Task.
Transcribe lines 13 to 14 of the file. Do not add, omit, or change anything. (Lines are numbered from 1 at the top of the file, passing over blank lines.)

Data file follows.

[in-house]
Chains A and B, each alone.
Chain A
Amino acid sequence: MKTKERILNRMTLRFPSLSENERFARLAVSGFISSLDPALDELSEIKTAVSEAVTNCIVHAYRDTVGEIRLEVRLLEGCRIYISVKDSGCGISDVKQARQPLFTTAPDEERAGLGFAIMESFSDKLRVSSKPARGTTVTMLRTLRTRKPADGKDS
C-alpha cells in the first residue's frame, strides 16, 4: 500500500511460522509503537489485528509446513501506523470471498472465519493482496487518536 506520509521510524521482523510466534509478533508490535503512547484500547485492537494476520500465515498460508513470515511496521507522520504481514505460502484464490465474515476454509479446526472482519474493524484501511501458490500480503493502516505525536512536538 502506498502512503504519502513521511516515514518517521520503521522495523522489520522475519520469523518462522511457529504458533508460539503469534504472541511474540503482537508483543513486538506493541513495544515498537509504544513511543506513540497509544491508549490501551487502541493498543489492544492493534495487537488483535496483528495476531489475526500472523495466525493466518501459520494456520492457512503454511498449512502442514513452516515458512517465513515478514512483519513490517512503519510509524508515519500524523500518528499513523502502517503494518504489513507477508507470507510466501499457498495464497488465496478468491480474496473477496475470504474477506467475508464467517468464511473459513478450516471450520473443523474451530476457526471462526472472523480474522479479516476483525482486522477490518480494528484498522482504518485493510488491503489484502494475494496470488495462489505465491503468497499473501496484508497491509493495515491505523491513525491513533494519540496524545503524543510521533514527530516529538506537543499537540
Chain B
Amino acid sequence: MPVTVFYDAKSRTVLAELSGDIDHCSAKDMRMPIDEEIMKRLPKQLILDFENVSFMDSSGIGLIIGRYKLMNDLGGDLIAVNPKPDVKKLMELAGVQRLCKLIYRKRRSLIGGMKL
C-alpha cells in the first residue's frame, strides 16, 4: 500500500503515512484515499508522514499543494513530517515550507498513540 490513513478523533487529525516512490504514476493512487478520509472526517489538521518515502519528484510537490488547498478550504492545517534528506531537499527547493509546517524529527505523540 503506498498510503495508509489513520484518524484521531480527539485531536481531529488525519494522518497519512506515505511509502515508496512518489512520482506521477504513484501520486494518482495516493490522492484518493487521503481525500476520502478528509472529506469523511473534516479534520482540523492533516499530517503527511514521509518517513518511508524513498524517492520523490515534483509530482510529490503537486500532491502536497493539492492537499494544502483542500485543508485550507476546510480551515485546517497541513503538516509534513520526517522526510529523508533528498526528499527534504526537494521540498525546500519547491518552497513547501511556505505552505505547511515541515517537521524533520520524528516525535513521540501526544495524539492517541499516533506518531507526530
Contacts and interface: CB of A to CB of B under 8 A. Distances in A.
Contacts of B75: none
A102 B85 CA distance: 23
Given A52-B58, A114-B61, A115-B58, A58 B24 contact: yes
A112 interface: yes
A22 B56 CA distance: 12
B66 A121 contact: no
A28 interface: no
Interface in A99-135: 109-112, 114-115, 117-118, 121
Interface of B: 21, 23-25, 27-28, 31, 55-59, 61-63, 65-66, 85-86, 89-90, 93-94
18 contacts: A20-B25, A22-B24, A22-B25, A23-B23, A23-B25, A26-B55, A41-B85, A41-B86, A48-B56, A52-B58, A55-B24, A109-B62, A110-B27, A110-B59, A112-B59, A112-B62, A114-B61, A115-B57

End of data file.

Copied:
A112 interface: yes
A22 B56 CA distance: 12